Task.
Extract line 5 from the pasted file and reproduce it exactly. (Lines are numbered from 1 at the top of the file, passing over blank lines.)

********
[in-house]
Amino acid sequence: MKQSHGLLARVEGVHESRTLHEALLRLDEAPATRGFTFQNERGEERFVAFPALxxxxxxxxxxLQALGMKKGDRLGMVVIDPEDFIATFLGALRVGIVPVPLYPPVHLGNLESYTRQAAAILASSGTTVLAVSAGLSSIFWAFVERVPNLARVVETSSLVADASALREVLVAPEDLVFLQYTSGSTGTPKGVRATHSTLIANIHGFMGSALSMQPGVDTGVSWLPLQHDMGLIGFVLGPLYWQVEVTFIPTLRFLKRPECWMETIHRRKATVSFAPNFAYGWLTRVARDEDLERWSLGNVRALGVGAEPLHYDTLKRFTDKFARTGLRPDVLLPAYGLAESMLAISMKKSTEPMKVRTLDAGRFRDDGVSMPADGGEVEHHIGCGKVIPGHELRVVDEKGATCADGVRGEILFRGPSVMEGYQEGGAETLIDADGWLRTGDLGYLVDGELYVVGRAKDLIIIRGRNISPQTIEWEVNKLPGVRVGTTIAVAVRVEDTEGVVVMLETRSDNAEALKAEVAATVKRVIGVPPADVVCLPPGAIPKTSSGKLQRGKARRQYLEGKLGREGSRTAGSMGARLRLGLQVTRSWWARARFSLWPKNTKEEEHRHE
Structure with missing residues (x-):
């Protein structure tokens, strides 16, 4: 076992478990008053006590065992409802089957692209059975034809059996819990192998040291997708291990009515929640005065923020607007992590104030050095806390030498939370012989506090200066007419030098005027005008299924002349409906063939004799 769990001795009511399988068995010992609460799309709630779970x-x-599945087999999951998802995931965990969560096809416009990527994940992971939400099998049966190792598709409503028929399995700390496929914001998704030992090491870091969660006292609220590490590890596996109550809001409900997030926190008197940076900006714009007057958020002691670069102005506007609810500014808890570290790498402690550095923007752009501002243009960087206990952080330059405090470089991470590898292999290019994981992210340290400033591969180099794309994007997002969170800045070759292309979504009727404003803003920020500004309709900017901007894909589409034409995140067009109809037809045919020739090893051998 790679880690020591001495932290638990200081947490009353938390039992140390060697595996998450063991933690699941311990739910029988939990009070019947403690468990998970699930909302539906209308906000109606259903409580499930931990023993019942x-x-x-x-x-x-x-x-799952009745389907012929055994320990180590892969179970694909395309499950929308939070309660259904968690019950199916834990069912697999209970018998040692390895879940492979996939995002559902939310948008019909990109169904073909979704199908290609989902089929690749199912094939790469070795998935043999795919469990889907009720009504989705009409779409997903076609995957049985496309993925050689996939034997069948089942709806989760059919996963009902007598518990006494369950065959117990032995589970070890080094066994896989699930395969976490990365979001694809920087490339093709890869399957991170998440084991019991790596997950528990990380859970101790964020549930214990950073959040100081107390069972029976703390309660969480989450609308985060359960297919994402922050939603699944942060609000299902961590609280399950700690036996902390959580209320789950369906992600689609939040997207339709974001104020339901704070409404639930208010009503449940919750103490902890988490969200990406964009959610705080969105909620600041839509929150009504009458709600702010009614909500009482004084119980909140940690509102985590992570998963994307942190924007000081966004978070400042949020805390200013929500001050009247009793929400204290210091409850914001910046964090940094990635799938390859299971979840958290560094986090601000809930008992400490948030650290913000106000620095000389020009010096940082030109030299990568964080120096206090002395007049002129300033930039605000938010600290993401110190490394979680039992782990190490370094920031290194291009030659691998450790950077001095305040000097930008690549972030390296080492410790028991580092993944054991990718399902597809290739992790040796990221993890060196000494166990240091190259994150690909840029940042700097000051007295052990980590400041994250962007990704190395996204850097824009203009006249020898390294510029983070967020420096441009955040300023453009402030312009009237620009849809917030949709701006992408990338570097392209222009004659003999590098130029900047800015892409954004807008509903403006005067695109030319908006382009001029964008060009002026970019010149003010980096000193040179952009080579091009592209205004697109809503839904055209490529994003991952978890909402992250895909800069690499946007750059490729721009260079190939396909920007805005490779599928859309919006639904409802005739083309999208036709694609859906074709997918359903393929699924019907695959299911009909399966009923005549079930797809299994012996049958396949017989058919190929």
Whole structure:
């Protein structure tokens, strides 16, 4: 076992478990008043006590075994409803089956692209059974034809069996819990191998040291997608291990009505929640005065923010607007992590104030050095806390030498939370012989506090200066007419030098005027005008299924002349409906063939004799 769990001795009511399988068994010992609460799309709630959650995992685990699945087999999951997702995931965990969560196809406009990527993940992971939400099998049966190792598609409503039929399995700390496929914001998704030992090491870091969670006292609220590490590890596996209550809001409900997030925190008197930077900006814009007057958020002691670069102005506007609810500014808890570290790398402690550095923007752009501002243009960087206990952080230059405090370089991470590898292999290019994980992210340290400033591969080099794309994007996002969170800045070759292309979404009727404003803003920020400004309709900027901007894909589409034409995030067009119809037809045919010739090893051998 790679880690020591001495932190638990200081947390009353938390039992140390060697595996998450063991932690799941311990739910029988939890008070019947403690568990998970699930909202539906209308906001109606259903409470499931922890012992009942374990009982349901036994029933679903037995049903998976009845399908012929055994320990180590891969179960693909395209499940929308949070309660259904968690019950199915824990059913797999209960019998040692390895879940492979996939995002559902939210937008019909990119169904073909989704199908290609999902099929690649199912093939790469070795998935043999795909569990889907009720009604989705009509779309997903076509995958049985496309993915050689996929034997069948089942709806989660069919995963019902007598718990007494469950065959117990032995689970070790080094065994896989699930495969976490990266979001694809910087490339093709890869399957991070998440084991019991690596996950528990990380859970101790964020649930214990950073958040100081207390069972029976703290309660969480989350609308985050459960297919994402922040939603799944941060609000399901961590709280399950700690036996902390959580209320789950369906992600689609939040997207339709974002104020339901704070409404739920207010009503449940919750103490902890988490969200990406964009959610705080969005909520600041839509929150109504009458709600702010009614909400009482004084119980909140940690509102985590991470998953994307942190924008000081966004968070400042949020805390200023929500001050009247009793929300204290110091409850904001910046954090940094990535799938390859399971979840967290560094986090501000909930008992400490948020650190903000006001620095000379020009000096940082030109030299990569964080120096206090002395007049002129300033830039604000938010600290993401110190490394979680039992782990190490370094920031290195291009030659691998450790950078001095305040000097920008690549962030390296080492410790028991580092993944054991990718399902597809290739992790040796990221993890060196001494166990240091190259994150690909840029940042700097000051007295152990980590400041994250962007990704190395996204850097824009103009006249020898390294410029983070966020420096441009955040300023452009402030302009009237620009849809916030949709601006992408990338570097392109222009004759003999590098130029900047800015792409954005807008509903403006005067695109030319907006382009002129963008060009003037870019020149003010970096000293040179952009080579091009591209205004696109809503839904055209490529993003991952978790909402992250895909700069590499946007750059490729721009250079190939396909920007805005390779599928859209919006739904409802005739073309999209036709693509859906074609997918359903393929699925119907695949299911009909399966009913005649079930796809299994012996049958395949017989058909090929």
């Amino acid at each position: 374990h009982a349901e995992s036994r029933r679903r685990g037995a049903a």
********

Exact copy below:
Whole structure: